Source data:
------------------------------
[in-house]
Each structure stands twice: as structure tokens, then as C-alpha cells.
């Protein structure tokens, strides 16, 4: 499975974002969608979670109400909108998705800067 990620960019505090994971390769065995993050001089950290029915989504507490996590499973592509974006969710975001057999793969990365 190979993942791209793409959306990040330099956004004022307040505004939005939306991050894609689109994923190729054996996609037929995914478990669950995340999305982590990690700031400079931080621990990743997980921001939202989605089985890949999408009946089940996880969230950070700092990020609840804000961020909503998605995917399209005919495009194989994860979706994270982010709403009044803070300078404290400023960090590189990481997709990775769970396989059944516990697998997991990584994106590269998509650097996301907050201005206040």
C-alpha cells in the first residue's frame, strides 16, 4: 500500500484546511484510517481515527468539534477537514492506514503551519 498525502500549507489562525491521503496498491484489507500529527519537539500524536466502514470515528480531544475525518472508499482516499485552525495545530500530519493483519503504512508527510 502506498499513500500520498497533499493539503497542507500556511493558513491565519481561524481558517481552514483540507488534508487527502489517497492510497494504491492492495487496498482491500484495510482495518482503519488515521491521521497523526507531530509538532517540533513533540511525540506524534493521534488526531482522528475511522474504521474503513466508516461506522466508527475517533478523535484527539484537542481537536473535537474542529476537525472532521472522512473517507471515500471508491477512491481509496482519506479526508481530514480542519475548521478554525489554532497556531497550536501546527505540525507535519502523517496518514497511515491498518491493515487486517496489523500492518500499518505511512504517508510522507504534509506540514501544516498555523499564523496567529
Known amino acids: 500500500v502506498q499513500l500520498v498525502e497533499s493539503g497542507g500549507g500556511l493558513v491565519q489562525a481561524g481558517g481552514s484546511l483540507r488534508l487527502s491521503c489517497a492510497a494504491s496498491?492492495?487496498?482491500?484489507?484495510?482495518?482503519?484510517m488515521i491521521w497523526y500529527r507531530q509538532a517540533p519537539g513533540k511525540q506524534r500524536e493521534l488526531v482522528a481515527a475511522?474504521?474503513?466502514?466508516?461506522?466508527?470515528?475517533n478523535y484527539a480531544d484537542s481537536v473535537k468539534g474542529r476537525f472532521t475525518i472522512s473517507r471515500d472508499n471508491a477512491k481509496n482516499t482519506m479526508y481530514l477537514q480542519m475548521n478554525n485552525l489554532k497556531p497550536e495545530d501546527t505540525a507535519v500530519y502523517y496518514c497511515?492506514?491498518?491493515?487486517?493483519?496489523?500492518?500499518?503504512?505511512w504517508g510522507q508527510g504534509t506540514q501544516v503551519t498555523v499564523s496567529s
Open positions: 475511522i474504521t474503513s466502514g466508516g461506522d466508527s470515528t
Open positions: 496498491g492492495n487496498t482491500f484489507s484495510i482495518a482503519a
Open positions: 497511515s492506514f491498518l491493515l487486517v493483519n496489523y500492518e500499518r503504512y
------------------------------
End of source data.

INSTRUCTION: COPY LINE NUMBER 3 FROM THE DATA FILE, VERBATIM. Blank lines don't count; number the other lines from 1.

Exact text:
């Protein structure tokens, strides 16, 4: 499975974002969608979670109400909108998705800067 990620960019505090994971390769065995993050001089950290029915989504507490996590499973592509974006969710975001057999793969990365 190979993942791209793409959306990040330099956004004022307040505004939005939306991050894609689109994923190729054996996609037929995914478990669950995340999305982590990690700031400079931080621990990743997980921001939202989605089985890949999408009946089940996880969230950070700092990020609840804000961020909503998605995917399209005919495009194989994860979706994270982010709403009044803070300078404290400023960090590189990481997709990775769970396989059944516990697998997991990584994106590269998509650097996301907050201005206040």